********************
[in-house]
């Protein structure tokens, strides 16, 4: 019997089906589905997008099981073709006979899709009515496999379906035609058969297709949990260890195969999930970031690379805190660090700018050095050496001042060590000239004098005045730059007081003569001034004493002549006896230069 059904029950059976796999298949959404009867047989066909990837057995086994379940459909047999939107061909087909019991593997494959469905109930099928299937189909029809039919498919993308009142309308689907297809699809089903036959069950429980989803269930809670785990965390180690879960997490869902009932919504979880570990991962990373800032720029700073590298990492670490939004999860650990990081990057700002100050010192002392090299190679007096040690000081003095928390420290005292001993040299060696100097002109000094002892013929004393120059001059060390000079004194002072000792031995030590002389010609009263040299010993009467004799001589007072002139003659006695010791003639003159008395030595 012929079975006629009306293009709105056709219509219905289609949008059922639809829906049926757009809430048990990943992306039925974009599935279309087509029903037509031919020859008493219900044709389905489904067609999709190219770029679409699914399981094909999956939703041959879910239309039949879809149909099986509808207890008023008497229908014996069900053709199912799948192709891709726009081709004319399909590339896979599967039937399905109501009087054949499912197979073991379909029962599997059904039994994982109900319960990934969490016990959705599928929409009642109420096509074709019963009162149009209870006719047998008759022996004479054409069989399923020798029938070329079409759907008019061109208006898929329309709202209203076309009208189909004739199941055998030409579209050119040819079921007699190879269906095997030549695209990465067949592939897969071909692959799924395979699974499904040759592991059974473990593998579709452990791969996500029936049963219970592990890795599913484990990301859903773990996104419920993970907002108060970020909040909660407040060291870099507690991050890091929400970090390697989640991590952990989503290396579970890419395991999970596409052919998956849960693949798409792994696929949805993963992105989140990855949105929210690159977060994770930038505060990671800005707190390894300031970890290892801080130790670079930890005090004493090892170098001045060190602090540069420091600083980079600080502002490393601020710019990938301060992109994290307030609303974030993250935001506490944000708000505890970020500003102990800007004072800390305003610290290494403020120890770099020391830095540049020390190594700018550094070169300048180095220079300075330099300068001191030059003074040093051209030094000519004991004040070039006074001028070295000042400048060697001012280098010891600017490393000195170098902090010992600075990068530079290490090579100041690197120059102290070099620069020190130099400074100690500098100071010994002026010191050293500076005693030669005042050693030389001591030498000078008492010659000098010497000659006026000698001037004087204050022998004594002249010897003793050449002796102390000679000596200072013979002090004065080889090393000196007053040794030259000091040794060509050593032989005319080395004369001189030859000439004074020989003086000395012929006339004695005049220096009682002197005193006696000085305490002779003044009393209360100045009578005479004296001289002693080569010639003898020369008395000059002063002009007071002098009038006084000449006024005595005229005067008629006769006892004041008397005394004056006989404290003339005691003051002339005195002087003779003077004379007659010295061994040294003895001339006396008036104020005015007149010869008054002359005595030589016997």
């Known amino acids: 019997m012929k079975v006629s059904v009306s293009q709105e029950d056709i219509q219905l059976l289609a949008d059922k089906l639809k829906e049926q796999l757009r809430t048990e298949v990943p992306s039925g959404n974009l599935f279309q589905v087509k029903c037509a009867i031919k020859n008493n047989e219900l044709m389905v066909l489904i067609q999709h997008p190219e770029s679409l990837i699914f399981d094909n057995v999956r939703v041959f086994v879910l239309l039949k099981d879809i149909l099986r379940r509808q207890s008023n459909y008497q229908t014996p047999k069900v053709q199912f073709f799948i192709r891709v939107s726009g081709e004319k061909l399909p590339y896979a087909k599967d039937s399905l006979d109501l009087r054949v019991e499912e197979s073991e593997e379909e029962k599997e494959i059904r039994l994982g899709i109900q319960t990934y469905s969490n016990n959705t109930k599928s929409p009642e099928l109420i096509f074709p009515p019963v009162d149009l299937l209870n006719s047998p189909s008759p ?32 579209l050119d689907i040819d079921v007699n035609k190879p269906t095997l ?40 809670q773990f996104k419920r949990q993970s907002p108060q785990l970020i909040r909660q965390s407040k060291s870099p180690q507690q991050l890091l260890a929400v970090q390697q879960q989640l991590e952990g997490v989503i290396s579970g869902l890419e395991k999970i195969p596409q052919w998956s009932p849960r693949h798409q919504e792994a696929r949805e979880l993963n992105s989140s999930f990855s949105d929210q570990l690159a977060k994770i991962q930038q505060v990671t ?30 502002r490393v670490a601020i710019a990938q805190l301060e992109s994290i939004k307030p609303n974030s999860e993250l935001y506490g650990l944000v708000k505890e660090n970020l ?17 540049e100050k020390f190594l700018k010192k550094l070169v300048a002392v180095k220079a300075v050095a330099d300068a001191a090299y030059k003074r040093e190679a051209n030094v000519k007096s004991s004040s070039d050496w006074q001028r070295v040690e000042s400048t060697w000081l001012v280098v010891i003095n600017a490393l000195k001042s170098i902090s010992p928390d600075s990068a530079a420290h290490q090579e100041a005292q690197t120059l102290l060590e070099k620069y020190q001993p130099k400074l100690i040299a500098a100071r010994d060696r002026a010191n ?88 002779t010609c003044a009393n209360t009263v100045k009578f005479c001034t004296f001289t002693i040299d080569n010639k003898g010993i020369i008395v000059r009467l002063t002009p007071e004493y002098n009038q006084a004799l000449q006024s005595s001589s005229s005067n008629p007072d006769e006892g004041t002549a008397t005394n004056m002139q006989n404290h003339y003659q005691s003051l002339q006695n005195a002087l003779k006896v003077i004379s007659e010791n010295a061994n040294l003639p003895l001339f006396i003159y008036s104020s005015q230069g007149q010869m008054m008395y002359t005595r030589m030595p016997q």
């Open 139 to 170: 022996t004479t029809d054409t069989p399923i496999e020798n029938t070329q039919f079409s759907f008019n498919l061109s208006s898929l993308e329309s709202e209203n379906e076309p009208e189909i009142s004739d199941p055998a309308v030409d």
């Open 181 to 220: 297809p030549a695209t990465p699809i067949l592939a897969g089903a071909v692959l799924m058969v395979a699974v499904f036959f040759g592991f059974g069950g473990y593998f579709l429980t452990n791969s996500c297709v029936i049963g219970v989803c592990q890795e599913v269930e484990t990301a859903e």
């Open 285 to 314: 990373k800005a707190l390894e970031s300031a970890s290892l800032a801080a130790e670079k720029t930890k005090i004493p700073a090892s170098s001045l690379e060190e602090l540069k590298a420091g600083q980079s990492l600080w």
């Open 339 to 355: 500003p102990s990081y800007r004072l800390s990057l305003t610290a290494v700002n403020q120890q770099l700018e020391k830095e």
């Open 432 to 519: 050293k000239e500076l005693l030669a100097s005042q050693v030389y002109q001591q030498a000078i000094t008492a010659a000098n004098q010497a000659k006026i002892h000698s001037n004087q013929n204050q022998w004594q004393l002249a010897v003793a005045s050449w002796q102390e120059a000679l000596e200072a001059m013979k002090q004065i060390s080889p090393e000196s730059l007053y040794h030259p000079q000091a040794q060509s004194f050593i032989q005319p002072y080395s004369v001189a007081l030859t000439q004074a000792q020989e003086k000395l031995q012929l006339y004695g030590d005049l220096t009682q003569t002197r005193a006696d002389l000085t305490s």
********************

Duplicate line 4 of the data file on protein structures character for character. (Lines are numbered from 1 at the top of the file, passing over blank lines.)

């Open 139 to 170: 022996t004479t029809d054409t069989p399923i496999e020798n029938t070329q039919f079409s759907f008019n498919l061109s208006s898929l993308e329309s709202e209203n379906e076309p009208e189909i009142s004739d199941p055998a309308v030409d």